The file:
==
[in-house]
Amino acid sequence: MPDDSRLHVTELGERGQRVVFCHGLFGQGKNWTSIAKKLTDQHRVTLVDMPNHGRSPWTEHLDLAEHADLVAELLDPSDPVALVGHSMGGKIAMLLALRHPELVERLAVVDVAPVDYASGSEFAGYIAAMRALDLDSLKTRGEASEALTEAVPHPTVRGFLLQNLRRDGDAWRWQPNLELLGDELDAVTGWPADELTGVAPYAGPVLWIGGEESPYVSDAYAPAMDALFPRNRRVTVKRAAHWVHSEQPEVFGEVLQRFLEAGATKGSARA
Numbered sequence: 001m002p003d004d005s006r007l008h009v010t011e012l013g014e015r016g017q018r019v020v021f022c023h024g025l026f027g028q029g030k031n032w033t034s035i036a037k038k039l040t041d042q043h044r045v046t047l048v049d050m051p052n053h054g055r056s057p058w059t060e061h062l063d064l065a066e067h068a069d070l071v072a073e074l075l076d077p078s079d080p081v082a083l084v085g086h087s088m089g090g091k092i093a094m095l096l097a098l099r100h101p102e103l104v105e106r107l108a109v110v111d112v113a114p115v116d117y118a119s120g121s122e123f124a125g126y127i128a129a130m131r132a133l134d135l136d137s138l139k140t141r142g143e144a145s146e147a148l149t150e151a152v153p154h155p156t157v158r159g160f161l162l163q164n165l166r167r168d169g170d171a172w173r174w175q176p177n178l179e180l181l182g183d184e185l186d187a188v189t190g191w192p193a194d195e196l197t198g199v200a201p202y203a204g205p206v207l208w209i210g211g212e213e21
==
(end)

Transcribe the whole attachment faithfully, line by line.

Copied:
[in-house]
Amino acid sequence: MPDDSRLHVTELGERGQRVVFCHGLFGQGKNWTSIAKKLTDQHRVTLVDMPNHGRSPWTEHLDLAEHADLVAELLDPSDPVALVGHSMGGKIAMLLALRHPELVERLAVVDVAPVDYASGSEFAGYIAAMRALDLDSLKTRGEASEALTEAVPHPTVRGFLLQNLRRDGDAWRWQPNLELLGDELDAVTGWPADELTGVAPYAGPVLWIGGEESPYVSDAYAPAMDALFPRNRRVTVKRAAHWVHSEQPEVFGEVLQRFLEAGATKGSARA
Numbered sequence: 001m002p003d004d005s006r007l008h009v010t011e012l013g014e015r016g017q018r019v020v021f022c023h024g025l026f027g028q029g030k031n032w033t034s035i036a037k038k039l040t041d042q043h044r045v046t047l048v049d050m051p052n053h054g055r056s057p058w059t060e061h062l063d064l065a066e067h068a069d070l071v072a073e074l075l076d077p078s079d080p081v082a083l084v085g086h087s088m089g090g091k092i093a094m095l096l097a098l099r100h101p102e103l104v105e106r107l108a109v110v111d112v113a114p115v116d117y118a119s120g121s122e123f124a125g126y127i128a129a130m131r132a133l134d135l136d137s138l139k140t141r142g143e144a145s146e147a148l149t150e151a152v153p154h155p156t157v158r159g160f161l162l163q164n165l166r167r168d169g170d171a172w173r174w175q176p177n178l179e180l181l182g183d184e185l186d187a188v189t190g191w192p193a194d195e196l197t198g199v200a201p202y203a204g205p206v207l208w209i210g211g212e213e21